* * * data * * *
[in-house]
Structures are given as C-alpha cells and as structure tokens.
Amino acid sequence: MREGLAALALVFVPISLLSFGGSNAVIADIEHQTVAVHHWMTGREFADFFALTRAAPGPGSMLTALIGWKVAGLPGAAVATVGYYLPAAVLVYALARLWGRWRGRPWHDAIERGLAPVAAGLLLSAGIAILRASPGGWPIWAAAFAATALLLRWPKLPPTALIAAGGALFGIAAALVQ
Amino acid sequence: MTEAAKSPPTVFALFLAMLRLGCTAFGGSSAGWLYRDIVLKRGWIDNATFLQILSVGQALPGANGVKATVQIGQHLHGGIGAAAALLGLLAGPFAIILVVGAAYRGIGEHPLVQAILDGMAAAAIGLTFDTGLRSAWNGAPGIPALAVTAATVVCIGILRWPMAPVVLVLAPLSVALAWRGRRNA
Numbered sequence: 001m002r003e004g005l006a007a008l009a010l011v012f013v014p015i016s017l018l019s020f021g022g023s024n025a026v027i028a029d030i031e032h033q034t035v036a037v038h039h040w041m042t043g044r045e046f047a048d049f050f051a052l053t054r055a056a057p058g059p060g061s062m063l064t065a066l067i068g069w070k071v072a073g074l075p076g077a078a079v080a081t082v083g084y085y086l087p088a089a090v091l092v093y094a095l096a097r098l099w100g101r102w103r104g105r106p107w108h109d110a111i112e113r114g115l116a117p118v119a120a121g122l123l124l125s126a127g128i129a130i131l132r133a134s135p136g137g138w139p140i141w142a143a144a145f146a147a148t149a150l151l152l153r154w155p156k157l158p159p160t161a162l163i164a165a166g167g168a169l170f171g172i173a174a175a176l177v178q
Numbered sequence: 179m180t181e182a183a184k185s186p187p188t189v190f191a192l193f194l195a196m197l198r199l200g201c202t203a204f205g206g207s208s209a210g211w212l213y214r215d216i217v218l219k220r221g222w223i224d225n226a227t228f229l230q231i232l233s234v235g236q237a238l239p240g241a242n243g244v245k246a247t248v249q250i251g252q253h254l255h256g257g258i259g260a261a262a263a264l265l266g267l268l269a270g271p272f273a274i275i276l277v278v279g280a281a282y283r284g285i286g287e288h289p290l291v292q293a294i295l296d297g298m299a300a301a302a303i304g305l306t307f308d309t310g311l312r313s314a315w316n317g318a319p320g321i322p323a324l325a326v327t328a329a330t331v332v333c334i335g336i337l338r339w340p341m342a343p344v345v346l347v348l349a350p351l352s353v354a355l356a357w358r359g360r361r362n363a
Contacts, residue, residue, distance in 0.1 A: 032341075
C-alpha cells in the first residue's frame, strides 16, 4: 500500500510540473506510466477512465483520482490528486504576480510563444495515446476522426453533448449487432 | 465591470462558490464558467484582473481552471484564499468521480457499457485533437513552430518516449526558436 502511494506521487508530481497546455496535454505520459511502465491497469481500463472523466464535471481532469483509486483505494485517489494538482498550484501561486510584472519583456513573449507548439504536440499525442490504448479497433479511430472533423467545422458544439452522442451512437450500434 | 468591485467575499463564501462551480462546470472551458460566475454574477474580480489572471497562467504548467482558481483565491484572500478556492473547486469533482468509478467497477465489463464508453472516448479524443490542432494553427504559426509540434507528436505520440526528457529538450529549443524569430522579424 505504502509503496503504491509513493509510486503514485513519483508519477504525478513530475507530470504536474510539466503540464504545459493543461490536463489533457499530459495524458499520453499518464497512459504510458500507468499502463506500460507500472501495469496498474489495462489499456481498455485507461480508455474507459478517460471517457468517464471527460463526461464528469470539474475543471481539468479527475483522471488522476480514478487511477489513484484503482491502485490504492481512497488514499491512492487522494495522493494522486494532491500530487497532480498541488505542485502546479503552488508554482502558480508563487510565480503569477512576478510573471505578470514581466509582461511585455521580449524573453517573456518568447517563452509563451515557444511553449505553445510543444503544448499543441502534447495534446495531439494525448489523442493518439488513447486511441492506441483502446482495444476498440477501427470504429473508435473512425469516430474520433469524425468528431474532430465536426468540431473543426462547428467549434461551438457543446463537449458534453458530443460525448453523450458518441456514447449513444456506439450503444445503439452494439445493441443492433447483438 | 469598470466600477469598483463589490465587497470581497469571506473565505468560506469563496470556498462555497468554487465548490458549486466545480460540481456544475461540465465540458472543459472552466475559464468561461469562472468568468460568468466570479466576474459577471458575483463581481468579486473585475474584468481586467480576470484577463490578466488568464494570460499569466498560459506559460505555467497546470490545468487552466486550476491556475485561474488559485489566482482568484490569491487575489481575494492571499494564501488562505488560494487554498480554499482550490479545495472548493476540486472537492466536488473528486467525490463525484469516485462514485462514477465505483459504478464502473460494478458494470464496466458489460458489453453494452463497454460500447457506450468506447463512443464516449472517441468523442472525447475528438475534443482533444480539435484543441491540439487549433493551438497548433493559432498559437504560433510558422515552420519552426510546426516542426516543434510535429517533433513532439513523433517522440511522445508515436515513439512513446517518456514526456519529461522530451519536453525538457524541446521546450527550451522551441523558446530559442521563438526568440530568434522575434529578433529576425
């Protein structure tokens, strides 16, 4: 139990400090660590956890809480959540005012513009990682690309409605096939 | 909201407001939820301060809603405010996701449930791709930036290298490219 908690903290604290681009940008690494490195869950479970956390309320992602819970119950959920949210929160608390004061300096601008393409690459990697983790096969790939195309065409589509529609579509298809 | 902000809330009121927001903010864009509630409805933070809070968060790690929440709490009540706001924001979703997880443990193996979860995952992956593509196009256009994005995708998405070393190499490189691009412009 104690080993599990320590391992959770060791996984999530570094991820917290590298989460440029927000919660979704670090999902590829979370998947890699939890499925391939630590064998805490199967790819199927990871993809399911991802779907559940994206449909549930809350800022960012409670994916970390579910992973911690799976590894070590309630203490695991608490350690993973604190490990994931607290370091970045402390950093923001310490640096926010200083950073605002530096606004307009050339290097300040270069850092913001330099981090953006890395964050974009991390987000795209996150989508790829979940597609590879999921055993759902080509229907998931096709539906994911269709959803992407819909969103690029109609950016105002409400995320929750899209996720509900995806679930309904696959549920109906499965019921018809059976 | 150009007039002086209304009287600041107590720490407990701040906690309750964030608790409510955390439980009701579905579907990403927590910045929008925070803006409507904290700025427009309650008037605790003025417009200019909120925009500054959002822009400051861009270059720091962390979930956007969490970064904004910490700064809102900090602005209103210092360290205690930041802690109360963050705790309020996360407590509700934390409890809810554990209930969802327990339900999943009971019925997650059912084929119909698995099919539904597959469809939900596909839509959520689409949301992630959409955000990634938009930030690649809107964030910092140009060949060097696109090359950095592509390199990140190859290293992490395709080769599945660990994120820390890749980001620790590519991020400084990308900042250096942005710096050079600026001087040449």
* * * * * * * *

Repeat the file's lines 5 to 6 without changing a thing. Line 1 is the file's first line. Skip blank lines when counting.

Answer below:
Numbered sequence: 001m002r003e004g005l006a007a008l009a010l011v012f013v014p015i016s017l018l019s020f021g022g023s024n025a026v027i028a029d030i031e032h033q034t035v036a037v038h039h040w041m042t043g044r045e046f047a048d049f050f051a052l053t054r055a056a057p058g059p060g061s062m063l064t065a066l067i068g069w070k071v072a073g074l075p076g077a078a079v080a081t082v083g084y085y086l087p088a089a090v091l092v093y094a095l096a097r098l099w100g101r102w103r104g105r106p107w108h109d110a111i112e113r114g115l116a117p118v119a120a121g122l123l124l125s126a127g128i129a130i131l132r133a134s135p136g137g138w139p140i141w142a143a144a145f146a147a148t149a150l151l152l153r154w155p156k157l158p159p160t161a162l163i164a165a166g167g168a169l170f171g172i173a174a175a176l177v178q
Numbered sequence: 179m180t181e182a183a184k185s186p187p188t189v190f191a192l193f194l195a196m197l198r199l200g201c202t203a204f205g206g207s208s209a210g211w212l213y214r215d216i217v218l219k220r221g222w223i224d225n226a227t228f229l230q231i232l233s234v235g236q237a238l239p240g241a242n243g244v245k246a247t248v249q250i251g252q253h254l255h256g257g258i259g260a261a262a263a264l265l266g267l268l269a270g271p272f273a274i275i276l277v278v279g280a281a282y283r284g285i286g287e288h289p290l291v292q293a294i295l296d297g298m299a300a301a302a303i304g305l306t307f308d309t310g311l312r313s314a315w316n317g318a319p320g321i322p323a324l325a326v327t328a329a330t331v332v333c334i335g336i337l338r339w340p341m342a343p344v345v346l347v348l349a350p351l352s353v354a355l356a357w358r359g360r361r362n363a